VAILLANT, JEAN BAPTISTE, COMTE ( 1790-1872), marshal of France, minister of war ( 1854-1859), and minister of the imperial household ( 1860- 1870); born at Dijon, 6 October 1790. A graduate of the Ecole Polytechnique and of the Ecole d'Application du Génie, Vaillant campaigned under Napoleon I from 1812 to 1815 and was named to the Legion of Honor in 1813 for his great courage on the battlefield. He later served as an engineer during the Algiers expedition ( 1830) and the siege of Antwerp ( 1833). Colonel from 1833, he directed construction of fortifications in Algeria ( 1834-1838). Subsequently, as general of brigade, he commanded the Ecole Polytechnique from 1838 to 1840. He helped to fortify Paris during the 1840s (directing the work from 1845) and was promoted to lieutenant general. In 1849, as second in command of the French expeditionary force to Rome, he directed the successful siege of the city, winning promotion to grand cross of the Legion of Honor, 12 July 1849.
Vaillant was not interested in politics. He was prepared to serve the existing regime and therefore rallied readily to Louis Napoleon following the coup d'état of December 1851. He was named senator on 26 January 1852 in the initial appointments list, marshal of France on 11 December 1852 (following proclamation of the Empire), and grand marshal of the palace on 1 January 1853. Shortly after, he was awarded the title of comte. On 11 March 1854, Vaillant succeeded Marshal Leroy de Saint-Arnaud as minister of war on the latter's appointment to command French forces in the war against Russia. He held the post for five years, reorganizing the military schools and, in fact, much of the army's structure, and creating several specialized corps. In July 1856 he served briefly as interim minister of public instruction. In 1853 he had been elected to the Académie des Sciences as a membre libre. It was to Vaillant (later a member of the Conseil Privé) that Napoleon III intended to confide the presidency of the Council of Ministers if he had persevered in his intention of going in person to the Crimea early in 1855.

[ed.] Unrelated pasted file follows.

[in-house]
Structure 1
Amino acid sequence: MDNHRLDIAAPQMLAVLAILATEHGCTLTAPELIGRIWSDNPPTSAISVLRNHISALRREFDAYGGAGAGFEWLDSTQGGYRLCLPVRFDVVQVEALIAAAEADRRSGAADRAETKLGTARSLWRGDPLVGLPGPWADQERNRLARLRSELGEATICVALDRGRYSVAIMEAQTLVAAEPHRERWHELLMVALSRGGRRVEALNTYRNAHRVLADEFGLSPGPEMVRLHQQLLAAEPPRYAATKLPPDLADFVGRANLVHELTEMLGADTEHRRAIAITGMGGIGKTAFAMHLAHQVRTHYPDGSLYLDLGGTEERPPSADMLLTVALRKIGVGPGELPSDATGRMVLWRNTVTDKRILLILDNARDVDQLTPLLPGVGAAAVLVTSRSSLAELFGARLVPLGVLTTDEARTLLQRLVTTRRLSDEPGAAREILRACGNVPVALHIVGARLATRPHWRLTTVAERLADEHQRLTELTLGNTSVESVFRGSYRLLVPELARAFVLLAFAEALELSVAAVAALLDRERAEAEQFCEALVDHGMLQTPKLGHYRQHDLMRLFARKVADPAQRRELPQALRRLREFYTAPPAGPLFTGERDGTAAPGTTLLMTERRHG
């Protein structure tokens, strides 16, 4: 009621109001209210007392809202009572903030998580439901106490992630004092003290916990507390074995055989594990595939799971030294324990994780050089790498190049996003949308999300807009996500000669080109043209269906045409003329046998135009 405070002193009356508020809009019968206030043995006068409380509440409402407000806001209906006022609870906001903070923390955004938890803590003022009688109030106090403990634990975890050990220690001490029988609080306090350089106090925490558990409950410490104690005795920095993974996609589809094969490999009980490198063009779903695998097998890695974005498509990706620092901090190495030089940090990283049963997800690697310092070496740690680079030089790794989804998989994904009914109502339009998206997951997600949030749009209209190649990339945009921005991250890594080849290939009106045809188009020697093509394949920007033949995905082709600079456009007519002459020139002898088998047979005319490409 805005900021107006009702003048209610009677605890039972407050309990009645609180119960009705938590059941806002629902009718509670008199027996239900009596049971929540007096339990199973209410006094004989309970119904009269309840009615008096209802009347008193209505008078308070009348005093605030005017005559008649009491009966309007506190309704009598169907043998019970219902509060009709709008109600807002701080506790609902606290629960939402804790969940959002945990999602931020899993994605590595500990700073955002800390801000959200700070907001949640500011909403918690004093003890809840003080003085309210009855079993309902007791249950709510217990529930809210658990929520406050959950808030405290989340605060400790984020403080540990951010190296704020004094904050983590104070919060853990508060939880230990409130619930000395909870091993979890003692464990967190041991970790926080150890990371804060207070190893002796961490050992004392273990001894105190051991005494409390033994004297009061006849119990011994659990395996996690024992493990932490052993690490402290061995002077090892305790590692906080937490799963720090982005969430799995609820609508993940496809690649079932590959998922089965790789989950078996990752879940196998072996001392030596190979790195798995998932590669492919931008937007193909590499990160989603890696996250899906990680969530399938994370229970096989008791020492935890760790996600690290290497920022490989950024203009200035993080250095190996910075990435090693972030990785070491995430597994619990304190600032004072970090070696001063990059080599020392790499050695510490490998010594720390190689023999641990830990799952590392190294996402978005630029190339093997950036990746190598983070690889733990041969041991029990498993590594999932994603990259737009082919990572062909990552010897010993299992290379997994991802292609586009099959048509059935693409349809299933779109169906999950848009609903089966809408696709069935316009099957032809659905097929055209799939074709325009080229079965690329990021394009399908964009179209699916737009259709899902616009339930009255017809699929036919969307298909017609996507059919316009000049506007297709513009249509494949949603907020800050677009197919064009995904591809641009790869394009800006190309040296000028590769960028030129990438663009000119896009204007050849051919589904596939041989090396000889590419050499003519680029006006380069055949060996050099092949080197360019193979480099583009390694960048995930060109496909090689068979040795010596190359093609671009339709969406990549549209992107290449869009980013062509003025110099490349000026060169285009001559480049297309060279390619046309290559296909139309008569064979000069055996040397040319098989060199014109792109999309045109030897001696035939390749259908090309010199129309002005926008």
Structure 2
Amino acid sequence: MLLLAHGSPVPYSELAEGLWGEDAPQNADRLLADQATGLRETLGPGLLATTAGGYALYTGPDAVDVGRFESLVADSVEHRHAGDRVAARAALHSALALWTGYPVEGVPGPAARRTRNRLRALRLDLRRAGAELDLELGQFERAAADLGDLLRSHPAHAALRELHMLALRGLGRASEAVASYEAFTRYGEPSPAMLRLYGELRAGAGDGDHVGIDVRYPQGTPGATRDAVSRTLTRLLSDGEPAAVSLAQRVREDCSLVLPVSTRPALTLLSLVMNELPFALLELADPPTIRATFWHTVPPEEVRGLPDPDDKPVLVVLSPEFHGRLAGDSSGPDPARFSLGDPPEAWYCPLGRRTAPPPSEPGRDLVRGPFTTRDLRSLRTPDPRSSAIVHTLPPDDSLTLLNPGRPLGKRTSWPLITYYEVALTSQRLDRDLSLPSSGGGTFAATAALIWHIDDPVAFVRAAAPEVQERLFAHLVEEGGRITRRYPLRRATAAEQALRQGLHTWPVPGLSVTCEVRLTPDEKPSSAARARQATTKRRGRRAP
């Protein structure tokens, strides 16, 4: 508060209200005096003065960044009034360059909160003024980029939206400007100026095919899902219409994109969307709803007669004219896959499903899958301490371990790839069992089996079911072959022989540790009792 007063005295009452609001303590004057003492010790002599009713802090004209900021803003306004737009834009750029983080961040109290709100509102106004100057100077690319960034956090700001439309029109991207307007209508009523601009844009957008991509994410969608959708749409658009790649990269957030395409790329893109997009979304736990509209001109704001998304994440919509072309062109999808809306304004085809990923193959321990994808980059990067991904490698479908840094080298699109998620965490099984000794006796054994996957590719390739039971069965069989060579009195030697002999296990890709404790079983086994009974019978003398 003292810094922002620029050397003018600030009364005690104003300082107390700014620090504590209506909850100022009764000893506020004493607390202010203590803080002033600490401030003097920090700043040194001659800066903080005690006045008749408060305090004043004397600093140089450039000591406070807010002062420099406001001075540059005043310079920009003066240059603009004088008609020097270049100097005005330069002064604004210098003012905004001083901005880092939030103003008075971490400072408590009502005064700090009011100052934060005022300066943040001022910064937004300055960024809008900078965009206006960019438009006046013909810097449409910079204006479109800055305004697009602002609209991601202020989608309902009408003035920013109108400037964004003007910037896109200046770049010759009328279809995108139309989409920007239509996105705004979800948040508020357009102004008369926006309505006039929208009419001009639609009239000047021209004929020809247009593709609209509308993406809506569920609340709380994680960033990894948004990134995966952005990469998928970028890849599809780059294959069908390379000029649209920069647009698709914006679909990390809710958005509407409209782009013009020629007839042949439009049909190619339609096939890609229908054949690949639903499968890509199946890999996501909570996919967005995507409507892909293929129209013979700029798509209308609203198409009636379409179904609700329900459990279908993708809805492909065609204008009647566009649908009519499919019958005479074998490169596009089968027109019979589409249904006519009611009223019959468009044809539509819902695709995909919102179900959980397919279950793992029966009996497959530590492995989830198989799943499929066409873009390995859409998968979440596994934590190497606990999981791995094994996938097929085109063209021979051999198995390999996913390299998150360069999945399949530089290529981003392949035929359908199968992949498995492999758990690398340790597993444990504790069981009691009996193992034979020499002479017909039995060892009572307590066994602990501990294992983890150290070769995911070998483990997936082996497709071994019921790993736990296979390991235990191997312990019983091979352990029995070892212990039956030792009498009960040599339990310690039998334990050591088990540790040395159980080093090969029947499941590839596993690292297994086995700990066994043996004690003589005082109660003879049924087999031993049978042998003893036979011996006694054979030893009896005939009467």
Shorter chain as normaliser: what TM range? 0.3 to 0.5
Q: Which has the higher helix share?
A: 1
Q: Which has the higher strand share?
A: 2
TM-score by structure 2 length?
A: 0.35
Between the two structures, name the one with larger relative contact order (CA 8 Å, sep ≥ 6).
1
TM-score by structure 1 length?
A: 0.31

At the beginning of the war against Austria ( 1859), Vaillant organized for the first time the transport of French troops by rail and then surrendered his ministry to Marshal Jacques Louis Randon, partly as a consequence of his failure to prepare the army for the war, partly in order to serve under the emperor's
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Publication information: Book title: Historical Dictionary of the French Second Empire, 1852-1870. Contributors: William E. Echard - Editor. Publisher: Greenwood Press. Place of publication: Westport, CT. Publication year: 1985. Page number: 676.